If you’re philanthropically inclined, have you considered establishing a charitable remainder trust (CRT)? These irrevocable trusts provide a variety of tax and financial perks. Plus, unlike some other tax planning tools and strategies, CRTs can benefit from today’s rising interest rates.
How CRTs Work
Beware of CRAT Scams
The IRS has warned taxpayers that CRATs can be used as part of a “potentially abusive transaction” that’s on its “enforcement radar screen.” The agency says that dishonest individuals may promote CRATs online, promising tax savings that are too good to be true. It advises taxpayers to rely on reputable tax professionals they can trust to avoid being duped.
Perpetrators of the CRAT scheme wrongfully promise to eliminate taxable gains. After appreciated property is transferred to a CRAT, the scammer advises the taxpayer to improperly claim that the transfer gives the property a step-up in tax basis to fair market value (FMV), as if the property had been sold to the trust.
Based on this faulty advice, the CRAT then sells the property at FMV without recognizing gain, due to the alleged stepped-up basis. Then the proceeds are used to purchase a single premium immediate annuity. The income beneficiary reports as income only a small portion of the annuity and treats the remaining payment as an excluded portion representing a nontaxable return of investment.
Warning: This is a misapplication of the federal tax code that’s likely to attract unwanted attention from the IRS.
A CRT is an irrevocable split-interest trust that pays a specific amount as an annuity to one or more income beneficiaries for a fixed term up to 20 years or their lifetimes. The income beneficiaries frequently are the donor and if married, his or her spouse. Payments from a CRT are taxable to the non-charitable beneficiaries.
When the payout period terminates, the remaining assets (or the remainder) in the CRT go to a designated charity or charities, and those assets are removed from the taxable estate. The remainder must be at least 10% of the fair market value (FMV) of the donor’s initial contribution to the CRT.
You can transfer a variety of assets to a CRT, including:
- Real estate,
- Publicly traded securities, and
- Certain closely held stocks.
The trustee typically sells the assets and reinvests the proceeds in income-producing assets. The income beneficiaries pay tax on their distributions. But the investment income is tax-exempt. It’s important to note that donated assets can’t later be taken back by the donor.
CRTs are especially attractive to individuals with highly appreciated assets. By transferring an asset to a CRT, you avoid taxable capital gains and the net investment income tax when the trust sells it — the tax is deferred until the CRT distributes income. In addition, you receive a charitable contribution deduction at the time of the transfer, based on the present value of the remainder that will eventually pass to the charitable beneficiaries. The amount of the deduction is subject to an adjusted gross income limitation and other restrictions.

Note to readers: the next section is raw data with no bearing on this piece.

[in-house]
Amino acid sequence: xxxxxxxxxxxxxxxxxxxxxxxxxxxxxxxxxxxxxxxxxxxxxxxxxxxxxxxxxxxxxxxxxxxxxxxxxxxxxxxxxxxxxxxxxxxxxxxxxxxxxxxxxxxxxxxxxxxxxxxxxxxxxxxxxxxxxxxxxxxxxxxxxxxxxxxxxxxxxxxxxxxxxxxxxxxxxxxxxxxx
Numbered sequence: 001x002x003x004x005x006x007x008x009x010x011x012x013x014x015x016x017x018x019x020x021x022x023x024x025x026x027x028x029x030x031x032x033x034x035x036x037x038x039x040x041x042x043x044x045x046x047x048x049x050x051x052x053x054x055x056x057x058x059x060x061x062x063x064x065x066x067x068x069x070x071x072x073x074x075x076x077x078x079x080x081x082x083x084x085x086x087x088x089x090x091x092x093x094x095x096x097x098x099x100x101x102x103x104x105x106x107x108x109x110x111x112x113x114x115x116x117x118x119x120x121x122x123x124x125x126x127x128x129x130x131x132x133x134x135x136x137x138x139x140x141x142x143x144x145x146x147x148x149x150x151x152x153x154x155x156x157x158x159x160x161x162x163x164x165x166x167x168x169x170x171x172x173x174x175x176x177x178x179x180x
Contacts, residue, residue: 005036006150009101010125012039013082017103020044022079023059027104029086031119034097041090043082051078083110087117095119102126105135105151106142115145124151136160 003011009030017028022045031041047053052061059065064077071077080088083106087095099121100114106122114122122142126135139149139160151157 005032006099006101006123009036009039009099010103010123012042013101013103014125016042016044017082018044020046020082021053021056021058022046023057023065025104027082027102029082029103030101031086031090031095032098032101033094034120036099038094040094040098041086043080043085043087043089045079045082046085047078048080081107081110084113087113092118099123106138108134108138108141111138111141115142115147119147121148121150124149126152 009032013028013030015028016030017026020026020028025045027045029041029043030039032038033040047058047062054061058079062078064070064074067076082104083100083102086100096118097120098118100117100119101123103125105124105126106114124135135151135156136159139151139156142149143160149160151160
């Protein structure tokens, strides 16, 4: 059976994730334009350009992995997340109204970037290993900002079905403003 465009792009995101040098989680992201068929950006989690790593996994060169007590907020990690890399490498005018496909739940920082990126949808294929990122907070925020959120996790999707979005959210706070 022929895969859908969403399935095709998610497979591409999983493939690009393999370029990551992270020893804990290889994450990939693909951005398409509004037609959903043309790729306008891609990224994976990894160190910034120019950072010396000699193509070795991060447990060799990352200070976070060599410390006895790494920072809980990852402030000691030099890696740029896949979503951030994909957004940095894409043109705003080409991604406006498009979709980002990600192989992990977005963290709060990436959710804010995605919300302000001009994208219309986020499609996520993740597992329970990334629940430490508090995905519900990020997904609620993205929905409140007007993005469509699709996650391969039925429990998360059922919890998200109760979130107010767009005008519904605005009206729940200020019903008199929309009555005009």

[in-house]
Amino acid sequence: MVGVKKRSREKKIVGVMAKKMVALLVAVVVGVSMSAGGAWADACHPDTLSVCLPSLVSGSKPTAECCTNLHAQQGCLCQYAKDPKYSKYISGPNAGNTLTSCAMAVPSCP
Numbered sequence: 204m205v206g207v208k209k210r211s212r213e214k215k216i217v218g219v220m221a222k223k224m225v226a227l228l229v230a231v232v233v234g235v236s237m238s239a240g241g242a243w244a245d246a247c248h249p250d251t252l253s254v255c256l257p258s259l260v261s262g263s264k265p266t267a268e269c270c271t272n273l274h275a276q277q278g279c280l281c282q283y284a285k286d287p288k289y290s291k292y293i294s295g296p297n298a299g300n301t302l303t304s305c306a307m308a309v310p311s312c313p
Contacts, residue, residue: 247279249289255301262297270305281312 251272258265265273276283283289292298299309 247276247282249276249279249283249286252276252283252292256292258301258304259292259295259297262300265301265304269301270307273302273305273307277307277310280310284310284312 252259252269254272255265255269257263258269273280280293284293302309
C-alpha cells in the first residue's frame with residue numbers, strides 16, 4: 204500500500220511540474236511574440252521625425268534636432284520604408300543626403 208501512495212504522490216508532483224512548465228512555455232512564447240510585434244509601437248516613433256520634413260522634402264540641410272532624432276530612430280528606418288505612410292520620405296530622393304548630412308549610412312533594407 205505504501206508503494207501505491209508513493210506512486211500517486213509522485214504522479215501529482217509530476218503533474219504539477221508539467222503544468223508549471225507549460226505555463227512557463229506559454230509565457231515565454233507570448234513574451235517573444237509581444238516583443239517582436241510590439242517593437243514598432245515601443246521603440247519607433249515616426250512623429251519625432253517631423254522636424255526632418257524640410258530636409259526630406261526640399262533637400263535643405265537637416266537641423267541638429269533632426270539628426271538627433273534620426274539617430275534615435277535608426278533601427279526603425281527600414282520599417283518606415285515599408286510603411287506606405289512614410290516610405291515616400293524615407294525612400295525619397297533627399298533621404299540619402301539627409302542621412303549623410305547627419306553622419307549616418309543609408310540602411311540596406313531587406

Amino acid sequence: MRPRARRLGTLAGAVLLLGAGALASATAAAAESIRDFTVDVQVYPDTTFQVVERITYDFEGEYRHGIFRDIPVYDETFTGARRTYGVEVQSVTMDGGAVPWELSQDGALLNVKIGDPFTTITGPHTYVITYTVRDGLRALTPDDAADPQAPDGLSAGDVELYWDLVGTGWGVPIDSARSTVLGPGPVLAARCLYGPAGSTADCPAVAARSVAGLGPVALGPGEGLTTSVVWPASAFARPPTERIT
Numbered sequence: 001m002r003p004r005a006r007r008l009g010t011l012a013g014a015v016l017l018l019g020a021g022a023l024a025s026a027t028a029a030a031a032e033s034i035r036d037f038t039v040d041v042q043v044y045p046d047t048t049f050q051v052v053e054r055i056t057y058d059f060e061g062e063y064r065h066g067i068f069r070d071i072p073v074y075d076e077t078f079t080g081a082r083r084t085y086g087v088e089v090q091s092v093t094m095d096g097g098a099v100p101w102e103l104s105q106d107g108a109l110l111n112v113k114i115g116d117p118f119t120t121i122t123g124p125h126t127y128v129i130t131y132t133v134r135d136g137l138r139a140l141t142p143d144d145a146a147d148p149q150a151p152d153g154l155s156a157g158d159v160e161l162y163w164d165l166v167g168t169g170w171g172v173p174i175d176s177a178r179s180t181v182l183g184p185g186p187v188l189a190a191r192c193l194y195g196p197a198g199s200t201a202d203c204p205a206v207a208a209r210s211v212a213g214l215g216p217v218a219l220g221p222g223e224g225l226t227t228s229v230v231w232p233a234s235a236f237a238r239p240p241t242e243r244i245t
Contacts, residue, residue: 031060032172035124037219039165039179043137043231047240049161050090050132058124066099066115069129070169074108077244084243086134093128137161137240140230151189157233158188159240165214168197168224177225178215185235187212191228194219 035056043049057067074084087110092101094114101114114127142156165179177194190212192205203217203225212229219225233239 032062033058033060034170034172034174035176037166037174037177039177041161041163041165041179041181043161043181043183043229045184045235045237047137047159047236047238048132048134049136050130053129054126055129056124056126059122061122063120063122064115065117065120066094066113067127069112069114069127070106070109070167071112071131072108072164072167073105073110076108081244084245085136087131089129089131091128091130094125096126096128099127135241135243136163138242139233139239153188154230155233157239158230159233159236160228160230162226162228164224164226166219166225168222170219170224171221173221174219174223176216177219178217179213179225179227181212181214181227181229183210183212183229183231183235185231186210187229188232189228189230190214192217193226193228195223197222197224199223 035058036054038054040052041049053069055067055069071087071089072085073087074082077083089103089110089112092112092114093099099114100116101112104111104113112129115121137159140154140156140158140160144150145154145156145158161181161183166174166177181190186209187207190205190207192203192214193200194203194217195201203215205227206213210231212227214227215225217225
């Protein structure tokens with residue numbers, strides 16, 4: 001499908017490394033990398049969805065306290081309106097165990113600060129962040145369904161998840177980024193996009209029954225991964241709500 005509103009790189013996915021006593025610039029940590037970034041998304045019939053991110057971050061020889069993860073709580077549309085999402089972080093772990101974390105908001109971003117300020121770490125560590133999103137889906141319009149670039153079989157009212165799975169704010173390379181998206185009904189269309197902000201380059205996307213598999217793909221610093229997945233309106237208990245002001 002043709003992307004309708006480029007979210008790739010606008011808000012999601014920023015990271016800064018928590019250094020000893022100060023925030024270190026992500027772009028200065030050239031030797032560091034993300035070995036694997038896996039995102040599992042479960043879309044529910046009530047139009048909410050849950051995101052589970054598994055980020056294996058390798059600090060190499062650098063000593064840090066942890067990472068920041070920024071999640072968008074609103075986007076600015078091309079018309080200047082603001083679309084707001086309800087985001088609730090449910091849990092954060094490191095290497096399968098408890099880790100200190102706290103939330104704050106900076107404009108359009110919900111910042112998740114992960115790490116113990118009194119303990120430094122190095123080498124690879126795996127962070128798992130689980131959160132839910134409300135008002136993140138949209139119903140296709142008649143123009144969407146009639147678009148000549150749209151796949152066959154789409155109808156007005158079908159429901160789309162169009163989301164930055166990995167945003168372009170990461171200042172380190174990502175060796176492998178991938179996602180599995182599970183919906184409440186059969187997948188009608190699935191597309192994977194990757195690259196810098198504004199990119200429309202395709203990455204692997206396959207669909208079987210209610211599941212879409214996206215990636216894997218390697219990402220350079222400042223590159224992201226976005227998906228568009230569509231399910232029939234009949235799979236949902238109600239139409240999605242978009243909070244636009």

CRATs vs. CRUTs
The IRS recognizes the following two types of CRTs:
1. Charitable remainder annuity trusts (CRATs). With a CRAT, you can’t make additional donations after the initial funding. The trust will make fixed annuity payments in an amount from 5% to 50% of its initial value. This setup assures consistent payments regardless of fluctuations in the trust’s value over time.
2. Charitable remainder unitrusts (CRUTs). You’re permitted to make additional donations to a CRUT. Further, a CRUT pays out a specified percentage (again, at least 5% but no more than 50%) of the trust’s FMV each year. Because the payout depends on current value, CRUTs require annual valuations. The payouts keep pace with inflation. That is, payouts increase as the trust’s value increases, but they also decrease if the trust’s value declines.
Why Interest Rates Matter
The amount of your charitable contribution deduction when you establish a CRT is based on the remainder interest’s present value. The present value is the FMV of the donated property less the present value of the annuity. A variety of factors are part of the calculation, including:
- The initial net FMV of the donated assets,
- The duration of the trust term or, if distributions will be paid for life, the beneficiaries’ ages,
- The payout rate,
- The frequency of payments, and
- The IRS interest rate (also known as the Section 7520 rate).
The greater the present value of the remainder interest, the greater your deduction — meaning a higher interest rate produces a larger deduction than you’ll get from a lower interest rate. The IRS interest rate has been on the rise. For example, the rate for May 2023 is 4.4% — up from 3.0% in May 2022 and 1.2% in May 2021. You’re allowed to choose the Sec. 7520 rate for the month of the contribution or the two previous months, whichever is highest.
Seize the Moment
With interest rates on the rise, it’s worth considering whether a CRT could help you achieve your financial, estate planning and philanthropic goals. Contact your tax advisor to choose the optimal strategies for your situation.